Posted February 22, 2017
Kaye Husbands Fealing, professor and chair in the Georgia Tech School of Public Policy, participated in a panel entitled “How to Grow a Scientist” that was held at Brown University on February 15, 2017. During the panel, Fealing joined research scientists from Johns Hopkins University, Princeton University, and Harvard University in discussing issues around mentorship, sponsorship, and inclusion in science, technology, engineering, and math (STEM) fields. The scholars examined how these factors influence the training of young scientists and the process of building successful STEM careers. The panel was held as part of “Celebrating Excellence in Science” a two-day event on diversity in STEM fields held at Brown in commemoration of Black History Month.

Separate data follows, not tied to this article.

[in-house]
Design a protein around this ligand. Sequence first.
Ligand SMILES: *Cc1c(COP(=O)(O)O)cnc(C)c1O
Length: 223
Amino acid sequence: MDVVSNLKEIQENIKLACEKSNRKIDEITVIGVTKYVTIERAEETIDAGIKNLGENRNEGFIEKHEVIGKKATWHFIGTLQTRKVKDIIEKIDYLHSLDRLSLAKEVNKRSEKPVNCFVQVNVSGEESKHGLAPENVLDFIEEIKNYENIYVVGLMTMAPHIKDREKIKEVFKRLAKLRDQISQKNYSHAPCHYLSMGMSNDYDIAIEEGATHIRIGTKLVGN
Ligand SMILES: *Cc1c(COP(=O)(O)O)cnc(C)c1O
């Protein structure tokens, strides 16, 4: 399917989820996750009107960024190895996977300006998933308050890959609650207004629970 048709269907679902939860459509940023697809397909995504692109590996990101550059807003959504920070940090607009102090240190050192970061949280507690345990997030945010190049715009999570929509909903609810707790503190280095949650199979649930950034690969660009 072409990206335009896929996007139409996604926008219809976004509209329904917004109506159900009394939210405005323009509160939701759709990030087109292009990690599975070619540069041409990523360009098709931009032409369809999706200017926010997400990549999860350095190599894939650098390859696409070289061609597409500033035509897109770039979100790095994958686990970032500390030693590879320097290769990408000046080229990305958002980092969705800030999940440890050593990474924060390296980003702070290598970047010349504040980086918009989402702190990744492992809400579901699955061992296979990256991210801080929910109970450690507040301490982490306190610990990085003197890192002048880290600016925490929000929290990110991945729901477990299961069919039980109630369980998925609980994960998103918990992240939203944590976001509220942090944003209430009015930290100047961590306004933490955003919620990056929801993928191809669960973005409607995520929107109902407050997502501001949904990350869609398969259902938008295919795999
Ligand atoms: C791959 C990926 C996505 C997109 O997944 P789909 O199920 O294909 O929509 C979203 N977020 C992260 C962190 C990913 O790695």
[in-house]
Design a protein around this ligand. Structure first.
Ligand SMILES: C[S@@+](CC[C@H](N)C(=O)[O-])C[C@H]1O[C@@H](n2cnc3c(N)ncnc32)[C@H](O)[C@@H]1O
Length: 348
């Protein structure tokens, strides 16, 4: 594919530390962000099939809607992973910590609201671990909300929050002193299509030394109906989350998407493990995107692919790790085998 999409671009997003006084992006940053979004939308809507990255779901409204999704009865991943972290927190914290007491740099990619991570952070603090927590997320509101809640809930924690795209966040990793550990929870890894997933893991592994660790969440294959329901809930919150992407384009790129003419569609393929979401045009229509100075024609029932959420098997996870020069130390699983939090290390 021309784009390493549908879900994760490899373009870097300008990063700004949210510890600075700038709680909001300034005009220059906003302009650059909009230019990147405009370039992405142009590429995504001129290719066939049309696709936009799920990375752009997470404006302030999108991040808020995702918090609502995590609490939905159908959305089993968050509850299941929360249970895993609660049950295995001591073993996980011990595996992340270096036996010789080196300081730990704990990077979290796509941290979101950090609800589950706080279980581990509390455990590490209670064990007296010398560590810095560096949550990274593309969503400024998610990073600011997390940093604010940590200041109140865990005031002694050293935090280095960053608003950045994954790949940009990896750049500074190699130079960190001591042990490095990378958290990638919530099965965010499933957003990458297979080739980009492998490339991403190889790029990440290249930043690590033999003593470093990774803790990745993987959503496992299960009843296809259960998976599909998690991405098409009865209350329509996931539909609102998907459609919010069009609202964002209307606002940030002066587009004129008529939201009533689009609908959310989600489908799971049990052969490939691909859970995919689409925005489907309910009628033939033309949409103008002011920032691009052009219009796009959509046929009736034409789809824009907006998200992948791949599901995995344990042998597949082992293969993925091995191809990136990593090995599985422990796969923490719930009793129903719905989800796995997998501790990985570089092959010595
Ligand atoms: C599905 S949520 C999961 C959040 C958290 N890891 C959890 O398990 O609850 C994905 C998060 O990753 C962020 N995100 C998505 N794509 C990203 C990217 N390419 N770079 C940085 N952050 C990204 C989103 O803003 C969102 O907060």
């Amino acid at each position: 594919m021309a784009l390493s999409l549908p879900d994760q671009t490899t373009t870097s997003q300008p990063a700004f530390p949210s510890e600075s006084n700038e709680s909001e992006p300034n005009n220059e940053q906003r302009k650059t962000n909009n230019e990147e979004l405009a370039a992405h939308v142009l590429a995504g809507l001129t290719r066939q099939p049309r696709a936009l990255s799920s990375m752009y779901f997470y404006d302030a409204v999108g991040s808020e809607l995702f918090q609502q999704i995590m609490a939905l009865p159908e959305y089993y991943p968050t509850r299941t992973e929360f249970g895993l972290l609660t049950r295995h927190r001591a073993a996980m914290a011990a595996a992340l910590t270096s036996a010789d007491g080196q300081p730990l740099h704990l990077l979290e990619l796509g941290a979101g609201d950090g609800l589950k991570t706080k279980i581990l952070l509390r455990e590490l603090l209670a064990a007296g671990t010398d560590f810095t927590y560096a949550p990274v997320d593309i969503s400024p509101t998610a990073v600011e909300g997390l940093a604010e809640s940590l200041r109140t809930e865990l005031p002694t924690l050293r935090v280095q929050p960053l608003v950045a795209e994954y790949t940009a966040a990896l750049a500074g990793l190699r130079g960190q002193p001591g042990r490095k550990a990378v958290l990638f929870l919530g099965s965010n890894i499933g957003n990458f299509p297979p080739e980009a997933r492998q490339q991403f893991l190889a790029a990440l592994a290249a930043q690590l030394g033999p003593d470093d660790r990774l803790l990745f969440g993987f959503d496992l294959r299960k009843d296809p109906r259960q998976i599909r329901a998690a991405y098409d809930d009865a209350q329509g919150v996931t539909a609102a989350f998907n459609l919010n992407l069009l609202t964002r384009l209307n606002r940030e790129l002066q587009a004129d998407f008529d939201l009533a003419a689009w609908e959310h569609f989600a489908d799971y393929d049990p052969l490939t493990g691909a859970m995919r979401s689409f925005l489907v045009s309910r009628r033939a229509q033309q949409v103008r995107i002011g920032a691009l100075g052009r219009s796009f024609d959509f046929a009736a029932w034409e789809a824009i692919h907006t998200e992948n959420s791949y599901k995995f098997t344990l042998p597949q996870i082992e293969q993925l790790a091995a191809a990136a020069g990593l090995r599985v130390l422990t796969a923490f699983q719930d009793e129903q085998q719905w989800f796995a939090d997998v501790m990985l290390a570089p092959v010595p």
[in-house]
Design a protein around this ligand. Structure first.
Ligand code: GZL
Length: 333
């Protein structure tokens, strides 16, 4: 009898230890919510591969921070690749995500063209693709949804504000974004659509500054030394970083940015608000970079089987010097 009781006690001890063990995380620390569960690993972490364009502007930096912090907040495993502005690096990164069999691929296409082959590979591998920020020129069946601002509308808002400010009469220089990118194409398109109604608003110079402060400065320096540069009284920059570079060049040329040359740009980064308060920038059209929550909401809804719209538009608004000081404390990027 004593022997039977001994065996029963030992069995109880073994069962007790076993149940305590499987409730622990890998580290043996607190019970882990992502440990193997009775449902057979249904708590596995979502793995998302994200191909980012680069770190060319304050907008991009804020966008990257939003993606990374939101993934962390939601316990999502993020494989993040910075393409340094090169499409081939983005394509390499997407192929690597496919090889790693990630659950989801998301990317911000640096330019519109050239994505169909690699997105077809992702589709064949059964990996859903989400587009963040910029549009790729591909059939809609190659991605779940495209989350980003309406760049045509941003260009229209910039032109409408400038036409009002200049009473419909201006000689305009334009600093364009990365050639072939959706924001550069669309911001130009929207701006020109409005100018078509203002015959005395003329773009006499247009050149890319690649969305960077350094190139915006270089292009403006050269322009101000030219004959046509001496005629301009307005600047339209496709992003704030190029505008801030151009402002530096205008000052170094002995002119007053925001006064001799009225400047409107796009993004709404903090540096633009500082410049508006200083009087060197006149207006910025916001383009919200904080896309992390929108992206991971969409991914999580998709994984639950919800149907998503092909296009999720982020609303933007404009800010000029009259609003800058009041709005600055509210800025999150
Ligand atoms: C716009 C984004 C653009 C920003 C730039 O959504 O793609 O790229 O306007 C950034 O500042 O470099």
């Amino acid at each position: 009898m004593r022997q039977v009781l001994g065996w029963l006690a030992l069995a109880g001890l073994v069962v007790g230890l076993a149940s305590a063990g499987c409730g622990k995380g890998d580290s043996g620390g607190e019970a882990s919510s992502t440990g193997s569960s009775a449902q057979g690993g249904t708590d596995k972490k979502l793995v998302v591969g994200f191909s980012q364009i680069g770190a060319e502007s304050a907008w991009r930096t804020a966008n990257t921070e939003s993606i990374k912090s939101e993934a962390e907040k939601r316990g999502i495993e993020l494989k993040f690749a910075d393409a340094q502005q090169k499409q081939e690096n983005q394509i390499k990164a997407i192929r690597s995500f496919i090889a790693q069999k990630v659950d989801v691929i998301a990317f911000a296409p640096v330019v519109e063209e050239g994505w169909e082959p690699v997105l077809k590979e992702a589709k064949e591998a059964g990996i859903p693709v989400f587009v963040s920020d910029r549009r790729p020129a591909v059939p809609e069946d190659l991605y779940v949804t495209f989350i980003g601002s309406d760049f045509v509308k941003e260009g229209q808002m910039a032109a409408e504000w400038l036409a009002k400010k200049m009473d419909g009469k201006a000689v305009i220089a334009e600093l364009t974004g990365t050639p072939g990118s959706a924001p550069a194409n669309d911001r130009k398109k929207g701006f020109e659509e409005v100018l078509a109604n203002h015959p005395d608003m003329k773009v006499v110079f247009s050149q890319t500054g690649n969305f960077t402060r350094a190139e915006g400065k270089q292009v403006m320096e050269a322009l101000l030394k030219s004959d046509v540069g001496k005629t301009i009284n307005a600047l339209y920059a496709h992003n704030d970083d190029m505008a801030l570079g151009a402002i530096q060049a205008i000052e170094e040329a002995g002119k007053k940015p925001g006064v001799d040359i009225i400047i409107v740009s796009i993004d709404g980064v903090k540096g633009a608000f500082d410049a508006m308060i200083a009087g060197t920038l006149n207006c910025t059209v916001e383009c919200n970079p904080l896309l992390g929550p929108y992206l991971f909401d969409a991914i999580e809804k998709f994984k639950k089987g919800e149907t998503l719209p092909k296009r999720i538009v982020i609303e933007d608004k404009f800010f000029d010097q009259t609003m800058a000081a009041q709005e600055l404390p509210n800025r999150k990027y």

After presenting at Brown, Fealing traveled to Boston, Massachusetts for her induction into the American Association for the Advancement of Science (AAAS) Distinguished Fellows, to which she was elected in October 2016. Fealing was also elected to the AAAS Board in November 2016, officially becoming a part of the Board after the meeting.
Fealing finished her time on the road by giving a talk at the U.S. Census Bureau. She and her colleague Julia Lane (New York University’s Wagner School) presented their research on Pathways to Research Impact: The Case of Food Safety. The research focuses on assessing the returns on investment in food safety research from farm-to-fork. This research both builds and employs a linked dataset, with administrative data on universities, patents, publications, dissertations, and Census employment and earnings data. This presentation contributes to the knowledge of how to assess investments by the Federal government in basic and applied research.
Dr. Kaye Husbands Fealing is currently in her third year as professor and chair of the Georgia Tech School of Public Policy, having most recently taught at the University of Minnesota’s Humphrey School of Public Affairs.